What a Checklist Can’t Do

As technology in health care gets better and better, will nurses become irrelevant?  Can lower-level workers -- less skilled, less trained, less experienced -- evetually replace them, given high-powered tools that technology can deliver?

Having built and promoted NurseMind -- a complex, dynamic checklist tool for nurses -- we have learned both the strengths and weaknesses of checklists.  Here is a discussion of where checklists fall short in nursing work.

A checklist is a memory-jogger for discrete units of work, i.e. tasks.  They make sure you don’t forget to do some specific step or action.  This is important;  "missed care" is a real problem, and getting everything done is necessary (though not sufficient) for quality nursing care.  However, checklists do not support clinical judgment.  That is, getting things checked off does not guarantee good nursing care.

For example, how might a checklist remind a post-op nurse to be vigilant for hypothermia in her patient?  This is not a discrete task, it’s an ongoing background activity.  Alas, NurseMind’s model is limited to representing this (or any) action as an icon or a list item that the nurse can mark done… which, for an ongoing activity, would not be much help.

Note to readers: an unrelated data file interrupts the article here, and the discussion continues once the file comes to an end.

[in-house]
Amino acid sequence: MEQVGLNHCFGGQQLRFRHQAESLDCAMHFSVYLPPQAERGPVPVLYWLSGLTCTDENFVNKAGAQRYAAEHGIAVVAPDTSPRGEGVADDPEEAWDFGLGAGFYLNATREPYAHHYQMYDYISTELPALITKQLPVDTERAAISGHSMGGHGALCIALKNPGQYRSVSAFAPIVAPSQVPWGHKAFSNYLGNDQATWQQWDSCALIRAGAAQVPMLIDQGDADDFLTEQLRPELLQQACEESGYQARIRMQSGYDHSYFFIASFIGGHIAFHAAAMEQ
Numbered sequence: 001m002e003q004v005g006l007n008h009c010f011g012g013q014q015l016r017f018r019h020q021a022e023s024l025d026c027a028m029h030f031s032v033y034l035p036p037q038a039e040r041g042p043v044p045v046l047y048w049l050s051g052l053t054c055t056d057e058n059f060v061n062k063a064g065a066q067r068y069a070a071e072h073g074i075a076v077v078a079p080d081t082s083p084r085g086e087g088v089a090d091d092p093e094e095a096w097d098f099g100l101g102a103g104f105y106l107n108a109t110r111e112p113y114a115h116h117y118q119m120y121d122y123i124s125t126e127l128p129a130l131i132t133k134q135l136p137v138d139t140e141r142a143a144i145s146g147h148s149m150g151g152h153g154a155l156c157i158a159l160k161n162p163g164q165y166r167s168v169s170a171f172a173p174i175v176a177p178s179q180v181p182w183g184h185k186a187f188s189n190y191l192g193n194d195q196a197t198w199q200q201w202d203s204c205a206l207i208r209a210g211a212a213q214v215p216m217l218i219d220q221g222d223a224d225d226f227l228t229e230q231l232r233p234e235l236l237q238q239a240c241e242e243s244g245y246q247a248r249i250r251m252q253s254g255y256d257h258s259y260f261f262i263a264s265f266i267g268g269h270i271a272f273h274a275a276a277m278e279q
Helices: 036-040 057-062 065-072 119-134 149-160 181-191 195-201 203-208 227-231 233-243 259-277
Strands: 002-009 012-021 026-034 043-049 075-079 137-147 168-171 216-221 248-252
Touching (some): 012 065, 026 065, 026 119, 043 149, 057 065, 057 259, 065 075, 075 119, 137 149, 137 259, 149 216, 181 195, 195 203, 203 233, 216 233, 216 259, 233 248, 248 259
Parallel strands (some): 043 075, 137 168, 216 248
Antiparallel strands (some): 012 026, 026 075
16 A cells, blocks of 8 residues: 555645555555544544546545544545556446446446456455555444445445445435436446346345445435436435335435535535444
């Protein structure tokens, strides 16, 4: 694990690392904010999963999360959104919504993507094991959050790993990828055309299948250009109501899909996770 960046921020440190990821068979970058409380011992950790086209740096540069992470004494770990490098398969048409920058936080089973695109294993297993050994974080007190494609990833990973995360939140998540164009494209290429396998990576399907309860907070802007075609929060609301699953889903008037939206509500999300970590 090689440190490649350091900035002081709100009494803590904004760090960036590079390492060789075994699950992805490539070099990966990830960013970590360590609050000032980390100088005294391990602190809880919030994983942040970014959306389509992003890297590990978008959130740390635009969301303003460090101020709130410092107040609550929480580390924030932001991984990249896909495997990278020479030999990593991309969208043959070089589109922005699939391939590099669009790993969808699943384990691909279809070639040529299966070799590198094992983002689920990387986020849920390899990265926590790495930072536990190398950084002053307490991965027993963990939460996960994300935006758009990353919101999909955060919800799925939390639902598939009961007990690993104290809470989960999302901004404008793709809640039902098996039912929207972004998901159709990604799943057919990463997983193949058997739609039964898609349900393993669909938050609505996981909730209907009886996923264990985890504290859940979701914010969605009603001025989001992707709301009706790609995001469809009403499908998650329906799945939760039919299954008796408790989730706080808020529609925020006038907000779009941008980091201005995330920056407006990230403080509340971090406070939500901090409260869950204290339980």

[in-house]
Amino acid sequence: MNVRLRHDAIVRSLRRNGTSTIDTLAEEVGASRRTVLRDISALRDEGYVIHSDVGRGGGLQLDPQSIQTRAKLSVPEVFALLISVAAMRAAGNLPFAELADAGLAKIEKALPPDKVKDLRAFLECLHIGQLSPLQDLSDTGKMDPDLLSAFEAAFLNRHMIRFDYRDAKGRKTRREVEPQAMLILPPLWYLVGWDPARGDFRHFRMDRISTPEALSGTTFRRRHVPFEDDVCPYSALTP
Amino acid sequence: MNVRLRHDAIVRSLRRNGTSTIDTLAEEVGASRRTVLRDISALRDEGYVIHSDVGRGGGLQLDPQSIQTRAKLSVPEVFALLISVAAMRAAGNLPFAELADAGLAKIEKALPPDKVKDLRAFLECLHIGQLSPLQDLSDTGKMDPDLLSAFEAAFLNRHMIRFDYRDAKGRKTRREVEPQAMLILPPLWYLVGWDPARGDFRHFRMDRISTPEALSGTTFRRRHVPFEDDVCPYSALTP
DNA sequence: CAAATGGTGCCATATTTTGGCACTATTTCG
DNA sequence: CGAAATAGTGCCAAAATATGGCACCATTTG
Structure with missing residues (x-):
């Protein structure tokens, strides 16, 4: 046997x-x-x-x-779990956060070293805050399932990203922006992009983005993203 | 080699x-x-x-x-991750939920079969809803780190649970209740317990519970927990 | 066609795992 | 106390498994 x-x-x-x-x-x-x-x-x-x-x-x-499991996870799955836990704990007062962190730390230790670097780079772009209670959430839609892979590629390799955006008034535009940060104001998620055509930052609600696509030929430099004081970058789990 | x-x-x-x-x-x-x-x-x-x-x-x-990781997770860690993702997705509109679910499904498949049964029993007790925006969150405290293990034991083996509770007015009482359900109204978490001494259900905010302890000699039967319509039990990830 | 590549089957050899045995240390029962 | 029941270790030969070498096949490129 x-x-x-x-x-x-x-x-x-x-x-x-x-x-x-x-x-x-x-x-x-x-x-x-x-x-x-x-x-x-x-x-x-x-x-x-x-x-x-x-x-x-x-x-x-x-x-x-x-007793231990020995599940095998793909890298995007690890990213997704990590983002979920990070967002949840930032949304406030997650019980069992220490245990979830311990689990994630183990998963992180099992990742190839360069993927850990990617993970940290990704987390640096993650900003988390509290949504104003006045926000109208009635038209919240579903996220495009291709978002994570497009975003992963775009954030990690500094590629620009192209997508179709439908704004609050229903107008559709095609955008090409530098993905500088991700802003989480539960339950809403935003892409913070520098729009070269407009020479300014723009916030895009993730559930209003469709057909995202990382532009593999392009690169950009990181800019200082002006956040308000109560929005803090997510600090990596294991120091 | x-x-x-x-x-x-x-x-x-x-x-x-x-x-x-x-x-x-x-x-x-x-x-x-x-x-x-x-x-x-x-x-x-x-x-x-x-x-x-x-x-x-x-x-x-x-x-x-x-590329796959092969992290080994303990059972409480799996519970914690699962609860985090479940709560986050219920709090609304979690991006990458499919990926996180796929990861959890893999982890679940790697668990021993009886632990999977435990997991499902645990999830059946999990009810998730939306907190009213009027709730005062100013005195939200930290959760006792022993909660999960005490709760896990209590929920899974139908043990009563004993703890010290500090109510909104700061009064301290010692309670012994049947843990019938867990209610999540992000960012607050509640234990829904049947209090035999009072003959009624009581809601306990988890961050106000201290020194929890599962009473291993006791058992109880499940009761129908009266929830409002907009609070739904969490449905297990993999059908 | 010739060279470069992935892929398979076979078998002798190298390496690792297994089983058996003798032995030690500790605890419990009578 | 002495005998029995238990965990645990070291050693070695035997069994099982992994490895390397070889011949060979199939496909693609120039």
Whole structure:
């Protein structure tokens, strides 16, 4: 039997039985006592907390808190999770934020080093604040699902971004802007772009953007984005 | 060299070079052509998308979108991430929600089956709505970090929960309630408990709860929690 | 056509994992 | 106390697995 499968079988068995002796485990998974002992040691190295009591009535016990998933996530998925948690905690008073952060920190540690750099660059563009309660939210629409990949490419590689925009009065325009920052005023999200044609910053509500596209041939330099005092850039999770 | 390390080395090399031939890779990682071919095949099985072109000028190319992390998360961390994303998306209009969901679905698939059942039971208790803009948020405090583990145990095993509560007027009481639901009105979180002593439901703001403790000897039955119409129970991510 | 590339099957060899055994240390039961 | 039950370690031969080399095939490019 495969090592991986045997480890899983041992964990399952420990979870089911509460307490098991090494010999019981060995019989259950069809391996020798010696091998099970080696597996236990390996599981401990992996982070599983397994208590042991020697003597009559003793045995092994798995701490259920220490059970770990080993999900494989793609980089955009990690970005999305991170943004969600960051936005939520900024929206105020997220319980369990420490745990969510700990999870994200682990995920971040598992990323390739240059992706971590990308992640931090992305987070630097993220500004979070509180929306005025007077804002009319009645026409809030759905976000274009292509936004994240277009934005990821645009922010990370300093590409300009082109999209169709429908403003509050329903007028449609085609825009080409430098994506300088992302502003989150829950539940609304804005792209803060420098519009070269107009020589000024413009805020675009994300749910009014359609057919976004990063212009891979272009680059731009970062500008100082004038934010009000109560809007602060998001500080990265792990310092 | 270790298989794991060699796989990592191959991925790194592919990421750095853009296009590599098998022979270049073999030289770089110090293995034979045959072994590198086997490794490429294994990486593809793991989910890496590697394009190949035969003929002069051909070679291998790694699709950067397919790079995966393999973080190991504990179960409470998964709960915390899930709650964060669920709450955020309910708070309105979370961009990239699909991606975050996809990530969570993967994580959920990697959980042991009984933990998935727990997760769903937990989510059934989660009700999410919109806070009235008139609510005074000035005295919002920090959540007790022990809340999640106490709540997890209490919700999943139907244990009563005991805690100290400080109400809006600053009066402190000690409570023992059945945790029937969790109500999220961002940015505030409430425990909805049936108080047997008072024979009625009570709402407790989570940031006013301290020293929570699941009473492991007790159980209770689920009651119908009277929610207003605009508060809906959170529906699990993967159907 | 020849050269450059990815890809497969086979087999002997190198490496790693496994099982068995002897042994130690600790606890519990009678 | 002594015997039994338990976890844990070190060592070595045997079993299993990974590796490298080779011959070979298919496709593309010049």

To support clinical judgment, some other kind of tool is required.  We have thought long and hard about what that might be and have come up with a mechanism called a precaution -- a thing to remember about your patient – and represent it graphically as a badge on the patient’s icon.

How useful are visual precautions?  Alas, not very useful.  The nurse’s world is already overloaded with prompts and reminders (leading to alarm fatigue).  We must conclude that for clinical judgment and experience there are no short-cuts, no automated mechanisms that we can design. 

For the expertise and clinical judgment of nurses, there is no substitute and there never will be.